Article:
Studying global issues led first-generation ASU alumna to pursue a career in community advocacy
Recently, at ASU Day at the Capitol, School of Politics and Global Studies alumna Ana Licona reflected on experiences that led her to pursue a career in public service. In her job at the Arizona State Senate, Licona works to ensure that constituents in Arizona’s 30th Legislative District are valued and represented.
Licona was born and raised in Mesa, Arizona, to immigrant parents who pushed her to achieve a higher education. She graduated from Arizona State University in 2016 with degrees in global studies and sociology. Her education has empowered her to cultivate change within the community at local and national levels.
Question: What was your motivation for studying global studies?
Answer: In high school, I was very involved in extracurricular activities like Model UN and the Global Citizens Club where I learned about political, environmental and social issues. In addition, my own experiences growing up in a first-generation immigrant family opened my eyes to study and understand how global challenges such as immigration and human rights impact our society. I chose to study global studies because the major would provide me with a well-rounded approach to learning and addressing these multilayered and complicated issues, and I wanted the proper knowledge and tools to fight for social justice and human rights.
Q: How was your experience in the School of Politics and Global Studies?
A: Being a student in the School of Politics and Global Studies opened so many doors for me through the myriad opportunities offered to learn outside of the classroom. I participated in the McCain Institute Policy Design Studio and Internship Program in Washington, D.C., where I learned to address foreign policy issues. I also participated in the Arizona State Legislative Internship Program, and I studied abroad in Spain with Barrett, The Honors College. In addition, I participated in the Public Policy and International Affairs Program at Princeton University, which furthered my interest in public policy. These hands-on opportunities equipped me with the appropriate experiences and knowledge to address real-world issues through action and policy.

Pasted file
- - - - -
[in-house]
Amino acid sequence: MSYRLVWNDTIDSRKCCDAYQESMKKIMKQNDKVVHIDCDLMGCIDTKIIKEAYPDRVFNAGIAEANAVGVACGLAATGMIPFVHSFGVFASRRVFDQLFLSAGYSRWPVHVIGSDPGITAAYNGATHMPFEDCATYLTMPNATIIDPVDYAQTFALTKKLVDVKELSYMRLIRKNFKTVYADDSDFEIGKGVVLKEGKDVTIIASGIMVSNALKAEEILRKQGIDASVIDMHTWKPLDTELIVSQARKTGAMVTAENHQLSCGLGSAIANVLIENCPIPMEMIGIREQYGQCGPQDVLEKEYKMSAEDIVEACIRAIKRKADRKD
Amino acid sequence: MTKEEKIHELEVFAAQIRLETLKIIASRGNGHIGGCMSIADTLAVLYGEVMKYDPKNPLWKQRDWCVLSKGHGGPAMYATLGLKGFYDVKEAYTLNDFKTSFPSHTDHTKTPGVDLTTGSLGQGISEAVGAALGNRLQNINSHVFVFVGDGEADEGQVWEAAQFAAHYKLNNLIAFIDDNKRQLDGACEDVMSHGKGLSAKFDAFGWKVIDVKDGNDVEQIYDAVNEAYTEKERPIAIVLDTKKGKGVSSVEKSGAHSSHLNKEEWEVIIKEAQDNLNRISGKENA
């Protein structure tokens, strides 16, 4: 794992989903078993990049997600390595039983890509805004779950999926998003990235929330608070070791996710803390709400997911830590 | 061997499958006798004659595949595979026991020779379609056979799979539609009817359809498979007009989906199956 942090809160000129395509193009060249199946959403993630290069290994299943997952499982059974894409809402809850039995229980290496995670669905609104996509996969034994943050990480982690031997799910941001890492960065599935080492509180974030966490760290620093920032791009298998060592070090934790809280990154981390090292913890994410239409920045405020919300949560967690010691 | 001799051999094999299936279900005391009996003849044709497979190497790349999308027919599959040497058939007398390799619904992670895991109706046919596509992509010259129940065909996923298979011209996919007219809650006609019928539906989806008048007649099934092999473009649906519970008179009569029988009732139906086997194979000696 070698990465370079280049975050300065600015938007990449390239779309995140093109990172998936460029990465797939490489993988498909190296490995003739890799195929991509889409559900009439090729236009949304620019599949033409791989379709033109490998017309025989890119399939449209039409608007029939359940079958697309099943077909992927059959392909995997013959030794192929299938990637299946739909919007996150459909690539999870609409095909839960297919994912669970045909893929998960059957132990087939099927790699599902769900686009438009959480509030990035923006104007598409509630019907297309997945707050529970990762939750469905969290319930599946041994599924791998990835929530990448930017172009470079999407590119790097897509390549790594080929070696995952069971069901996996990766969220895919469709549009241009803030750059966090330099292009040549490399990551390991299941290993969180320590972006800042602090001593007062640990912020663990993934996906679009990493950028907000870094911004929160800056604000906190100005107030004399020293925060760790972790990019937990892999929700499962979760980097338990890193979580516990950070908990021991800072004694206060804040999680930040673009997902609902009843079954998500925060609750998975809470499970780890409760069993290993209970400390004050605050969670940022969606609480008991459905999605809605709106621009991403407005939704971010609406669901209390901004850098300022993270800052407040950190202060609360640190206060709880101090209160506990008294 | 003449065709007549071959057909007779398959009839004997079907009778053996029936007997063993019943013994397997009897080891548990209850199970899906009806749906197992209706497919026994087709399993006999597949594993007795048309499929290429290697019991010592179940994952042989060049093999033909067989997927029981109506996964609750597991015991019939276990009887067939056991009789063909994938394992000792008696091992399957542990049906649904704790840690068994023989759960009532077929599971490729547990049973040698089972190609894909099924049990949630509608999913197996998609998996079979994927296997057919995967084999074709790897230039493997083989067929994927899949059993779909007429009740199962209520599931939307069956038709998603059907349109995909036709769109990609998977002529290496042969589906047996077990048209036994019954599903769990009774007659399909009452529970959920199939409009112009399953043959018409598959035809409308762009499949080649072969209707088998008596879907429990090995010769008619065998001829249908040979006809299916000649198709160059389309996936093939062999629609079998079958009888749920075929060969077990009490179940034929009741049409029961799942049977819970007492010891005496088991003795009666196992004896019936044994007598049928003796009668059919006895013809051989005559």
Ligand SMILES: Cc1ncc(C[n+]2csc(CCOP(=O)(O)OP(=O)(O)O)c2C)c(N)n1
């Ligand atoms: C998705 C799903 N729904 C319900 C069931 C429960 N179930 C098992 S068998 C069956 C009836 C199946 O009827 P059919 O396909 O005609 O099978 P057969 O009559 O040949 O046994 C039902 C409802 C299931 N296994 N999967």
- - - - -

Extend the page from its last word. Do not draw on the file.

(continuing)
Q: What has been your most impactful career experience?
A: Upon graduating from ASU, I moved to Washington, D.C., and joined the Obama White House Office of Presidential Personnel where I led leadership and professional development programs for Obama’s 3,000 political appointees. When the administration ended in 2017, I decided to return to my home of Arizona to lead grassroots movements around civic engagement and youth empowerment. Since then, I have worked on different campaigns and voter-registration efforts in order to empower and educate our communities to seek social and economic justice by building political power.
Q: What piece of advice would you give current students of global studies or political science?
A: Be involved and participate! Take advantage of all your resources including internships, study abroad, elective classes, mentorships, staff support, policy events, career panels, speaker series, etc. There is so much that SPGS and the greater ASU community offers to students, and you just need to be open-minded about new experiences and opportunities. Your dreams are valid, and you must work hard every single day to achieve them.